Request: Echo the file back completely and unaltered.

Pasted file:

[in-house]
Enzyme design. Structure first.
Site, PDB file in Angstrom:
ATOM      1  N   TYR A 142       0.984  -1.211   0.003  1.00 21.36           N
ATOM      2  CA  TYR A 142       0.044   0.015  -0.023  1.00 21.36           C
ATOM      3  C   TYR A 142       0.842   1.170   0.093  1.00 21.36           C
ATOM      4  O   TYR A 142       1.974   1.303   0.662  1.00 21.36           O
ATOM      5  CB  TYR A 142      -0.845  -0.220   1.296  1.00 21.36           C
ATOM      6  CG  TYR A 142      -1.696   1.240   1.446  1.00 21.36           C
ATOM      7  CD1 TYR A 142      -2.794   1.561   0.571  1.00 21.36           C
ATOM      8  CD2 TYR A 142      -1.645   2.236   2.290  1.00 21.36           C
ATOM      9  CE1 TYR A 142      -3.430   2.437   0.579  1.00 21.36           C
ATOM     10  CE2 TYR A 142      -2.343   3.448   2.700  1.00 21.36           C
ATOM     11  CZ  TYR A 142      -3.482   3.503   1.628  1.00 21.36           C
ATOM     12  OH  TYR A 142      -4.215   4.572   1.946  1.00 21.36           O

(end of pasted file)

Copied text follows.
[in-house]
Enzyme design. Structure first.
Site, PDB file in Angstrom:
ATOM      1  N   TYR A 142       0.984  -1.211   0.003  1.00 21.36           N
ATOM      2  CA  TYR A 142       0.044   0.015  -0.023  1.00 21.36           C
ATOM      3  C   TYR A 142       0.842   1.170   0.093  1.00 21.36           C
ATOM      4  O   TYR A 142       1.974   1.303   0.662  1.00 21.36           O
ATOM      5  CB  TYR A 142      -0.845  -0.220   1.296  1.00 21.36           C
ATOM      6  CG  TYR A 142      -1.696   1.240   1.446  1.00 21.36           C
ATOM      7  CD1 TYR A 142      -2.794   1.561   0.571  1.00 21.36           C
ATOM      8  CD2 TYR A 142      -1.645   2.236   2.290  1.00 21.36           C
ATOM      9  CE1 TYR A 142      -3.430   2.437   0.579  1.00 21.36           C
ATOM     10  CE2 TYR A 142      -2.343   3.448   2.700  1.00 21.36           C
ATOM     11  CZ  TYR A 142      -3.482   3.503   1.628  1.00 21.36           C
ATOM     12  OH  TYR A 142      -4.215   4.572   1.946  1.00 21.36           O